The light was still too dim to penetrate the cracks in the shutters when the rooster crowed. For a fraction of a second it felt like a village. But it was the Jenin refugee camp, circa two weeks ago. There, as in other refugee camps, the rooster's wake-up call is something more: nutrition for the unemployed, as well as the longing and the desire to maintain continuity, if only symbolic, with the village that once was, and has since been destroyed.
The refugee camps play an honored role in the heritage and ethos of the Palestinian liberation struggle. Jenin took the lead in the second intifada, but also made a name for itself as a barricaded enclave where the Palestinian Authority and its security apparatus have no control. However the recent campaign of arrests of camp residents, in which the objectives changed from one day to the next, gave both the residents and the refugee camp different names: criminals, gangs, a place of insecurity and of chaos.
For the consumer of Palestinian media, which present only the official line (and most certainly do not report complaints about torture), those detainees have already been pronounced guilty, without trial or clear accusations. That includes even those who have been released without being charged.
The Jenin refugee camp is located on a hill, the Rafah camp in Gaza is spread out among sand dunes. Their landscapes differ but the atmosphere in each is the same: protective, safe, welcoming.
Even when these places were patently unsafe, during IDF invasions and shellings, the people were touchingly hospitable. They were hospitable even toward an Israeli woman who suddenly showed up in their midst. Years-long familiarity with the refugee camps in the Gaza Strip gave me the courage to sneak into the destroyed and besieged refugee camp in Jenin in April 2002. I knew that I'd manage without having made prior arrangements and without any escort.
The tanks were still inside and all around the camp. My previous experience with IDF bulldozers in the Rafah and Khan Yunis camps in Gaza made the pictures of destruction in the heart of the Jenin camp familiar at first sight. A bearded man of 30 or so started talking to me. He was one of the few men around that age that I saw. The rest were older and they, together with children and a few women, wandered stunned among the piles of rubble that used to be homes. Afterwards I realized that they were looking for the wounded and dead bodies.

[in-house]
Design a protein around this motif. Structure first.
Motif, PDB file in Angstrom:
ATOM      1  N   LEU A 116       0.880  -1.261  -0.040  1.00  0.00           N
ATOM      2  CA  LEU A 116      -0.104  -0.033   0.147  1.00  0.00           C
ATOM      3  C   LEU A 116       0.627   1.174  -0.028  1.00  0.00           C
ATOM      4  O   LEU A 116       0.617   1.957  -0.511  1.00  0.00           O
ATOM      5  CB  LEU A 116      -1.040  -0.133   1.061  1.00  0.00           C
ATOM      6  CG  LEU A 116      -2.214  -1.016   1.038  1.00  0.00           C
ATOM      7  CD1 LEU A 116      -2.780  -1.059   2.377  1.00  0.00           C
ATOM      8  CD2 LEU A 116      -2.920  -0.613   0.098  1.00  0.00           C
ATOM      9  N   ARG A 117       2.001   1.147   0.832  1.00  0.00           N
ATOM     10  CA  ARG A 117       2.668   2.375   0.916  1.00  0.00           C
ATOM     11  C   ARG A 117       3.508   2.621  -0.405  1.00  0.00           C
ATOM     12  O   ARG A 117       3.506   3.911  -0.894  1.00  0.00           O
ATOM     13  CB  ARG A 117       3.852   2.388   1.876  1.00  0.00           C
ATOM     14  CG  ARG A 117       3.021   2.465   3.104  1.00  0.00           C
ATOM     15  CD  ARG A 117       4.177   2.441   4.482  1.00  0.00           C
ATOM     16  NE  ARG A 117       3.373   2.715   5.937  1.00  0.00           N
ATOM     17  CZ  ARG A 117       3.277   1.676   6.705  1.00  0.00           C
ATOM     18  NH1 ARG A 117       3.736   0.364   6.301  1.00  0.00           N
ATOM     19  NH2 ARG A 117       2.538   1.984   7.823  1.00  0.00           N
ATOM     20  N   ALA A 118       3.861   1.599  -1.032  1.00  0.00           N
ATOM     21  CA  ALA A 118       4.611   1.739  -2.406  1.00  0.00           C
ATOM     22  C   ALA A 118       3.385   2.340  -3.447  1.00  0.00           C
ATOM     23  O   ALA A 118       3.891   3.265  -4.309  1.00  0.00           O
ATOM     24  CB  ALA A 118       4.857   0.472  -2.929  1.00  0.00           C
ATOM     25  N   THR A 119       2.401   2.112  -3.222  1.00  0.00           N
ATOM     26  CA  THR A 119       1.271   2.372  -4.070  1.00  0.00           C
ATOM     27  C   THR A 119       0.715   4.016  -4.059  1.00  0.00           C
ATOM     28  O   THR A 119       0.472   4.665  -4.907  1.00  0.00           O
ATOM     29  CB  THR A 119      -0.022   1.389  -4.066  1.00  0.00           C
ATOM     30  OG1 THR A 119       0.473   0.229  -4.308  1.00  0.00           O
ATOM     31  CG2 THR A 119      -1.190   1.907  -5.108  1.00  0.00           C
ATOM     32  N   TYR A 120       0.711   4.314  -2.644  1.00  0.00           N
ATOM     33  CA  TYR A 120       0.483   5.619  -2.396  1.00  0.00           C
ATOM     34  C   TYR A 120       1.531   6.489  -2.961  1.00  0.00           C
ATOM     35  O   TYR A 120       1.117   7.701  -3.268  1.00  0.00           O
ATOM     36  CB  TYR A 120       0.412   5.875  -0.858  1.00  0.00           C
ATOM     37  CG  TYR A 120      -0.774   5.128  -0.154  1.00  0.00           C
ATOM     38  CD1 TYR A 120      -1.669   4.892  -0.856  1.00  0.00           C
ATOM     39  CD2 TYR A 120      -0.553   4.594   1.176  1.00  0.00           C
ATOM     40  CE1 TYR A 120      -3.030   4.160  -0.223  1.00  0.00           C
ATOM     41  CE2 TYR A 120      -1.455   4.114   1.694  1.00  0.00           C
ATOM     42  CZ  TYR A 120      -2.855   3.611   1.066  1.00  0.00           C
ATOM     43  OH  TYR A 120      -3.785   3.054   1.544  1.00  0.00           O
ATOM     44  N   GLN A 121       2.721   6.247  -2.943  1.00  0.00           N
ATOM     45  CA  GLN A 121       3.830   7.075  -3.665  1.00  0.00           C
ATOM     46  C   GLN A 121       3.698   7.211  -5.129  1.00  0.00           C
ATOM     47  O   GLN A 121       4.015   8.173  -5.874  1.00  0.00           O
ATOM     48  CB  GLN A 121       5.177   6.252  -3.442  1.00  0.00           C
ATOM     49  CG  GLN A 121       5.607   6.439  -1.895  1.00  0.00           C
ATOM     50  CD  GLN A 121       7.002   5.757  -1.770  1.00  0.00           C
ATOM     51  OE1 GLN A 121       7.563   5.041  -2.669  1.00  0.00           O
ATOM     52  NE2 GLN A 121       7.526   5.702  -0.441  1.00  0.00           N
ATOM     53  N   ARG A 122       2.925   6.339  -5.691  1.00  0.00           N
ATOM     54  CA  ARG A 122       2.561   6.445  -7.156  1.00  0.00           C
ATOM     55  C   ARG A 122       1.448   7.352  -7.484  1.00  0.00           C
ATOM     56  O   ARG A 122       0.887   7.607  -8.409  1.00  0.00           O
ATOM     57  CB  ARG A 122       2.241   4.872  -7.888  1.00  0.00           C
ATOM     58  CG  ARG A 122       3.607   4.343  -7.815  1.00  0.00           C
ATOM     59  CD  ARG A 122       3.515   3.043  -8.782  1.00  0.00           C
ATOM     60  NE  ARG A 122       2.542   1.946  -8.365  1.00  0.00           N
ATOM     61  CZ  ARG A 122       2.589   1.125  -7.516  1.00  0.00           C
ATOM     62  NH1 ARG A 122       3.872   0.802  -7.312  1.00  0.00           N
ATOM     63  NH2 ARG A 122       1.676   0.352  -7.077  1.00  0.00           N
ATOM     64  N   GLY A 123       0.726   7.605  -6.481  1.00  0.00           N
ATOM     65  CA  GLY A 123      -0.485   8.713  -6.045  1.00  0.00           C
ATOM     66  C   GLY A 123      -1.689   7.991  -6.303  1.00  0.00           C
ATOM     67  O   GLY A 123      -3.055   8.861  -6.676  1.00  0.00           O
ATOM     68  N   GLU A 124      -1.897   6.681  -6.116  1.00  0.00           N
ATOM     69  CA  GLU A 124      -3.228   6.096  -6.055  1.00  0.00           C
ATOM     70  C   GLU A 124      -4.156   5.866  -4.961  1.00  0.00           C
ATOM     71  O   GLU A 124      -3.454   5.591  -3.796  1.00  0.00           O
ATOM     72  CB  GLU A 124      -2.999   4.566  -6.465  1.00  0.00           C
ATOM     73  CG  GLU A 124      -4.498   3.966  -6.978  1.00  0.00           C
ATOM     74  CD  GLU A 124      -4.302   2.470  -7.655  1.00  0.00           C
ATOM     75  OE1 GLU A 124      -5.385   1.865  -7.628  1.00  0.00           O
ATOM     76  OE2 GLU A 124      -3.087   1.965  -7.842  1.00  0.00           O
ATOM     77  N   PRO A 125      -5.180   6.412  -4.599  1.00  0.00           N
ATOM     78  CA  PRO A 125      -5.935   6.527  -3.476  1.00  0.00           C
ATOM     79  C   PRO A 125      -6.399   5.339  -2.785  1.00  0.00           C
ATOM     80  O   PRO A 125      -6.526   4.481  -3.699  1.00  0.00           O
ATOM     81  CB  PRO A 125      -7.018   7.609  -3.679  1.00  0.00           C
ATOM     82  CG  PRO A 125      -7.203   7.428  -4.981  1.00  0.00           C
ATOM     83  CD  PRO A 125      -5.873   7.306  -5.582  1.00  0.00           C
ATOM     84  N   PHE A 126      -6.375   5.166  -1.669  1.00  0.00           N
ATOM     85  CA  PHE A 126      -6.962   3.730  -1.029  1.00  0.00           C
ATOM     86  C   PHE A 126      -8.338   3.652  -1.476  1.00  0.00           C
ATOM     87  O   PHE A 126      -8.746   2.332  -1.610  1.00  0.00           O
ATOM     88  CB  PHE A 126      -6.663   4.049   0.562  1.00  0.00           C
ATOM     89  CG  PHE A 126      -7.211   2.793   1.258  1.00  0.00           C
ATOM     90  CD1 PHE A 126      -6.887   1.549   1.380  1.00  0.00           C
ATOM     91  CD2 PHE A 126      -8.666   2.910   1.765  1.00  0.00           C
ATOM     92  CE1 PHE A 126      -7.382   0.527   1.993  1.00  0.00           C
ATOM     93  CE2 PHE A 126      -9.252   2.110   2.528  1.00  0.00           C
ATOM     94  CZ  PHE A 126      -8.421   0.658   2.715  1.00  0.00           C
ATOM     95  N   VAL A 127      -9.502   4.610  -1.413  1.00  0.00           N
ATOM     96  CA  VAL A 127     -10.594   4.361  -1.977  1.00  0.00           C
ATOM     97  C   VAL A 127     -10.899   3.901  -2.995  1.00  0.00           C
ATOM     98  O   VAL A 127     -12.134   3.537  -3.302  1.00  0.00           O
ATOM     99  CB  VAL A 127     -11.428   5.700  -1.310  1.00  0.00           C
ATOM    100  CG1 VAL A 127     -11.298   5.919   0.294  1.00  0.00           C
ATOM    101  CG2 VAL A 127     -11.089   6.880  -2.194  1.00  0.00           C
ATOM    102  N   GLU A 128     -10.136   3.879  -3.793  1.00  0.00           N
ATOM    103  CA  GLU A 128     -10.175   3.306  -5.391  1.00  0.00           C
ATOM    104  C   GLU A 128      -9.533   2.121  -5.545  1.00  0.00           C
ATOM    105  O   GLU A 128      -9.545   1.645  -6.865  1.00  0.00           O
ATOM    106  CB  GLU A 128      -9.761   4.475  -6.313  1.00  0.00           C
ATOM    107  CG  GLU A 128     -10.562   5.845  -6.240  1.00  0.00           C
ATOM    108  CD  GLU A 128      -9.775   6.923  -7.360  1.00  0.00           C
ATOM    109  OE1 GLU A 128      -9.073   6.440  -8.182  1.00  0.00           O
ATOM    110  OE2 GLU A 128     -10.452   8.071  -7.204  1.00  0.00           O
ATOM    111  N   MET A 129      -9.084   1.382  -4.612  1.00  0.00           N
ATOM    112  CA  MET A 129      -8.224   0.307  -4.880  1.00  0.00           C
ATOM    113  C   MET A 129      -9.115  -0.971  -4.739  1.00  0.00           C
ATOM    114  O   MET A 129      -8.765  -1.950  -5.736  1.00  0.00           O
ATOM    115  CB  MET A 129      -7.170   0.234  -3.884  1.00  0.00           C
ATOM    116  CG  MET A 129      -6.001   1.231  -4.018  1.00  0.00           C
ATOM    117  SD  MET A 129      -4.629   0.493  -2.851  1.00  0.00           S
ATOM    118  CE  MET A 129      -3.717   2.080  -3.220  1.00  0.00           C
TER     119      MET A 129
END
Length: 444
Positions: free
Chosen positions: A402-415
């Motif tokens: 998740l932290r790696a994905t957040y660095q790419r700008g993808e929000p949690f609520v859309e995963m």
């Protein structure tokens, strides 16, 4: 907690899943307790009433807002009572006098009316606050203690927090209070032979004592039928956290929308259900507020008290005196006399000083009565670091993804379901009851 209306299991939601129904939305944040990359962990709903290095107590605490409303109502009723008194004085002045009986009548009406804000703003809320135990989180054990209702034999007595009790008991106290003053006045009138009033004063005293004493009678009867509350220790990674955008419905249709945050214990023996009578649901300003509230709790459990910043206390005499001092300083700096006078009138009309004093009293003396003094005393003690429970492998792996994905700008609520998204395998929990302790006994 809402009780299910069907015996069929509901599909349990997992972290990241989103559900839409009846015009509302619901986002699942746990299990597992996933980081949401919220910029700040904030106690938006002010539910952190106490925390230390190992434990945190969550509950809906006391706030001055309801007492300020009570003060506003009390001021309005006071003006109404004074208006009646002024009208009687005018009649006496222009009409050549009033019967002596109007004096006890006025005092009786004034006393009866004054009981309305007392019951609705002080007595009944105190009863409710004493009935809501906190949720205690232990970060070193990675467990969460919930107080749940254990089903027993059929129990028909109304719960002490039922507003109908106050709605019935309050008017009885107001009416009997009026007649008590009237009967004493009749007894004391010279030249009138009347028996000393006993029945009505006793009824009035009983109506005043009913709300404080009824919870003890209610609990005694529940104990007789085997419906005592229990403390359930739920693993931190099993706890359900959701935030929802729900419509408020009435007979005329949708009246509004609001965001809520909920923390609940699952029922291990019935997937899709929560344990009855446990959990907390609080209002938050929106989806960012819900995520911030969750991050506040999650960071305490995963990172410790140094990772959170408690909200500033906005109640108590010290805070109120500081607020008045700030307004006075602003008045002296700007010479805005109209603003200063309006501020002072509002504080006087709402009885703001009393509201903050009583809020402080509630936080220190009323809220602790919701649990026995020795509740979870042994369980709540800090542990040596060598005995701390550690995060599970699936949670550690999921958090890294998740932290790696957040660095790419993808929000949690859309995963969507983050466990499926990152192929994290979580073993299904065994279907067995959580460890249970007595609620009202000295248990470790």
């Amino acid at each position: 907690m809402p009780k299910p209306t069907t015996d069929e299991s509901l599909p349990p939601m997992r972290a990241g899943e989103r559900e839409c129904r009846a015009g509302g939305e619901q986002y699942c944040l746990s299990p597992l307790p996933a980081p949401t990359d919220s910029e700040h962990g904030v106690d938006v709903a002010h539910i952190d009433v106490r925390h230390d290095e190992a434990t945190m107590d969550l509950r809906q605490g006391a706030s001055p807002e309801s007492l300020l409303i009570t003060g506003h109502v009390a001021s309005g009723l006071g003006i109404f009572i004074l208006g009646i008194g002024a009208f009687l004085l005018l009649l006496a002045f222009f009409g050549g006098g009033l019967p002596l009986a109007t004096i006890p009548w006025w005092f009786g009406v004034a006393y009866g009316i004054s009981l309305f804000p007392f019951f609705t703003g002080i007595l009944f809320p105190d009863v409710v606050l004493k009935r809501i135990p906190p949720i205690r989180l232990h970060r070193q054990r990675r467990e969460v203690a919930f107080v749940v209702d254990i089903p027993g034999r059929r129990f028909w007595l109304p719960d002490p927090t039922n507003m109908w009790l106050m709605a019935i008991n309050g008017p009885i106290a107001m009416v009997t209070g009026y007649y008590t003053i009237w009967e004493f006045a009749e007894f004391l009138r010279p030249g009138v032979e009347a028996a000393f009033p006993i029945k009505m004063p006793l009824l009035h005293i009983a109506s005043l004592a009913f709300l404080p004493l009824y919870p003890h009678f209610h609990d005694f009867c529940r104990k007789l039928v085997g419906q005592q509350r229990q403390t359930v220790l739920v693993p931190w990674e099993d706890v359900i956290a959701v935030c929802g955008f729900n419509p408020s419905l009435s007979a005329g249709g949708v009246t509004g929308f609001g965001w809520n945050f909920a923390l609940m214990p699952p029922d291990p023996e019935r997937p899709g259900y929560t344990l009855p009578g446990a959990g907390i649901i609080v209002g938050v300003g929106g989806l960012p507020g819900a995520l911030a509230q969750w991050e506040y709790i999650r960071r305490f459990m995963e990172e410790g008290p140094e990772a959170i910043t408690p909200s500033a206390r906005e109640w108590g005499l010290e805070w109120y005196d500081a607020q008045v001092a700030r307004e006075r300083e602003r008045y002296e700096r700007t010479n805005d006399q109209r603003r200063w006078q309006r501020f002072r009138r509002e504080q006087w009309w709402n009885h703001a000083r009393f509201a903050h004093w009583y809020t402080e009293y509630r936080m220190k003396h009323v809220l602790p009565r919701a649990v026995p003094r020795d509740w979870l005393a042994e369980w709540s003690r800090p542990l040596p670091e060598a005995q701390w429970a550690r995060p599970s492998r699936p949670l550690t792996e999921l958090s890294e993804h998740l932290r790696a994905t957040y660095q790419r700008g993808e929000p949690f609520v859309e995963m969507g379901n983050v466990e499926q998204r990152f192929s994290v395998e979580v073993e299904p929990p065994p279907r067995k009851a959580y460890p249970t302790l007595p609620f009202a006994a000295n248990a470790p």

We introduced ourselves by name: His name was Mu'ayyed, a cousin of Zakaria Zbeidi. At the time I had no idea who Zbeidi was, because he hadn't yet paved the road that led to the Israeli media. I also had no idea that Mu'ayyed was the brother of Ziad Amer, a founder of the Al-Aqsa Martyrs' Brigades in Jenin, who'd been killed a few days earlier in a fight with Israeli soldiers.
In 2002, I didn't yet know about Mu'ayyed's friends and relatives who'd been killed as armed fighters in battle, or as unarmed civilians (such as Zakaria's mother). But I did know that, here, as in camps of the Gaza Strip, the children and young people were growing up in the shadow of Israeli weapons and were used to the sight of guns in the hands of soldiers, but would never get used to the authority, coercion and injustice represented by those guns. This is how it came to be that many of them nurtured the belief that the answer to a fighter jet or tank is the gun, that the answer to a missile is a human bomb.
Even in April 2002, the camp moved between the two labels bestowed upon them by Palestinian spokespeople: victim and hero. Spreading the false number of 500 dead in the invasion (the IDF killed about 60 people, half of whom were civilians), intentionally or negligently, amplified the camp's victimhood and silenced the fact that its residents had decided to meet the Israeli soldiers with resistance. Whoever wished to do so, particularly women and children, had left the camp before the incursion.